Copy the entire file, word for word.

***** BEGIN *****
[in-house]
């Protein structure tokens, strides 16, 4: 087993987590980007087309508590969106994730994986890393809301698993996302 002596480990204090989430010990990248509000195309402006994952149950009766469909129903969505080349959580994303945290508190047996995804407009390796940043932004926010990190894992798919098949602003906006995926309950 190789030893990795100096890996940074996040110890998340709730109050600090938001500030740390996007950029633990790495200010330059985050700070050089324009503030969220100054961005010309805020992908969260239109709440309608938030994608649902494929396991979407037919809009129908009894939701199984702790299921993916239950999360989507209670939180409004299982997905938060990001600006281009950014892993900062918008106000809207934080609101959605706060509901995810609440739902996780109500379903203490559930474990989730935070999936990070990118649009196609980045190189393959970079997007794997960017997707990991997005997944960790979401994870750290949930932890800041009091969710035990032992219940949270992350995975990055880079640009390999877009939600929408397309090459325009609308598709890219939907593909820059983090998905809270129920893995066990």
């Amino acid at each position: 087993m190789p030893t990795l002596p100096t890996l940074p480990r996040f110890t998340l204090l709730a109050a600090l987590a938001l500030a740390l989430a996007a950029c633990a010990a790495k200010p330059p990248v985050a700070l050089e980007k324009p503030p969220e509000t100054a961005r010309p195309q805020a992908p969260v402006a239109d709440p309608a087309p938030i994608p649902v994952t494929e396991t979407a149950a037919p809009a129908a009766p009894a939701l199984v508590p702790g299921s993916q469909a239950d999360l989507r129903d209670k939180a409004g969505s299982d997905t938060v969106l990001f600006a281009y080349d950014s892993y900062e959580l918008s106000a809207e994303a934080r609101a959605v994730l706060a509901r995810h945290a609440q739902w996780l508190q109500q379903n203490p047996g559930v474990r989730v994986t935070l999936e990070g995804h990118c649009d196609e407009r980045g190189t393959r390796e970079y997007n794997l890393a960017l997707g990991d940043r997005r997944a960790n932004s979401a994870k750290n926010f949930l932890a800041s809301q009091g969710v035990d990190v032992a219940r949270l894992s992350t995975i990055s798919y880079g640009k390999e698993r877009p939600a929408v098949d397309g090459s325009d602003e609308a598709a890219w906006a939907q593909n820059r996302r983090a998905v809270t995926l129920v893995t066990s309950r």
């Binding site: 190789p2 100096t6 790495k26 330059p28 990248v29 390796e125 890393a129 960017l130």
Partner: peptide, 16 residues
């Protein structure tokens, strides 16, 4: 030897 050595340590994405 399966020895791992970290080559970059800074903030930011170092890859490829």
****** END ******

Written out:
[in-house]
């Protein structure tokens, strides 16, 4: 087993987590980007087309508590969106994730994986890393809301698993996302 002596480990204090989430010990990248509000195309402006994952149950009766469909129903969505080349959580994303945290508190047996995804407009390796940043932004926010990190894992798919098949602003906006995926309950 190789030893990795100096890996940074996040110890998340709730109050600090938001500030740390996007950029633990790495200010330059985050700070050089324009503030969220100054961005010309805020992908969260239109709440309608938030994608649902494929396991979407037919809009129908009894939701199984702790299921993916239950999360989507209670939180409004299982997905938060990001600006281009950014892993900062918008106000809207934080609101959605706060509901995810609440739902996780109500379903203490559930474990989730935070999936990070990118649009196609980045190189393959970079997007794997960017997707990991997005997944960790979401994870750290949930932890800041009091969710035990032992219940949270992350995975990055880079640009390999877009939600929408397309090459325009609308598709890219939907593909820059983090998905809270129920893995066990």
């Amino acid at each position: 087993m190789p030893t990795l002596p100096t890996l940074p480990r996040f110890t998340l204090l709730a109050a600090l987590a938001l500030a740390l989430a996007a950029c633990a010990a790495k200010p330059p990248v985050a700070l050089e980007k324009p503030p969220e509000t100054a961005r010309p195309q805020a992908p969260v402006a239109d709440p309608a087309p938030i994608p649902v994952t494929e396991t979407a149950a037919p809009a129908a009766p009894a939701l199984v508590p702790g299921s993916q469909a239950d999360l989507r129903d209670k939180a409004g969505s299982d997905t938060v969106l990001f600006a281009y080349d950014s892993y900062e959580l918008s106000a809207e994303a934080r609101a959605v994730l706060a509901r995810h945290a609440q739902w996780l508190q109500q379903n203490p047996g559930v474990r989730v994986t935070l999936e990070g995804h990118c649009d196609e407009r980045g190189t393959r390796e970079y997007n794997l890393a960017l997707g990991d940043r997005r997944a960790n932004s979401a994870k750290n926010f949930l932890a800041s809301q009091g969710v035990d990190v032992a219940r949270l894992s992350t995975i990055s798919y880079g640009k390999e698993r877009p939600a929408v098949d397309g090459s325009d602003e609308a598709a890219w906006a939907q593909n820059r996302r983090a998905v809270t995926l129920v893995t066990s309950r």
């Binding site: 190789p2 100096t6 790495k26 330059p28 990248v29 390796e125 890393a129 960017l130």
Partner: peptide, 16 residues
């Protein structure tokens, strides 16, 4: 030897 050595340590994405 399966020895791992970290080559970059800074903030930011170092890859490829």